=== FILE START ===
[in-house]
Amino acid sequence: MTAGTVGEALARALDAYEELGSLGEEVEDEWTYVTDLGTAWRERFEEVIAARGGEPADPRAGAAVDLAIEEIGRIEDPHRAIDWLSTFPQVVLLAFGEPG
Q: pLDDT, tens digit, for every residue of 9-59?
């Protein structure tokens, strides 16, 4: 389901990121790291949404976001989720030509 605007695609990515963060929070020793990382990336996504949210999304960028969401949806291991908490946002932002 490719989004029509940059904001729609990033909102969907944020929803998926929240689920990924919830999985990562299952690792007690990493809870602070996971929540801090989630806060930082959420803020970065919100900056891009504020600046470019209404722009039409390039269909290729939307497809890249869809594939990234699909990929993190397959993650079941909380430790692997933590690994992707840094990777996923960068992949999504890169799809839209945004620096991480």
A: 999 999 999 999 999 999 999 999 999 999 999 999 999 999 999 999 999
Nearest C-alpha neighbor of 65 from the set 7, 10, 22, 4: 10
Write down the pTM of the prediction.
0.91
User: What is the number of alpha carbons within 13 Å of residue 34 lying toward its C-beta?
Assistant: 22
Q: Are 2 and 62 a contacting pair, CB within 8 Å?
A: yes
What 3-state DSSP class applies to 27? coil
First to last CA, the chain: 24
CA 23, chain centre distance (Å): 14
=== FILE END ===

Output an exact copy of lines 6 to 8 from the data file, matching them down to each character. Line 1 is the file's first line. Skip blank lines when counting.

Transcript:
Nearest C-alpha neighbor of 65 from the set 7, 10, 22, 4: 10
Write down the pTM of the prediction.
0.91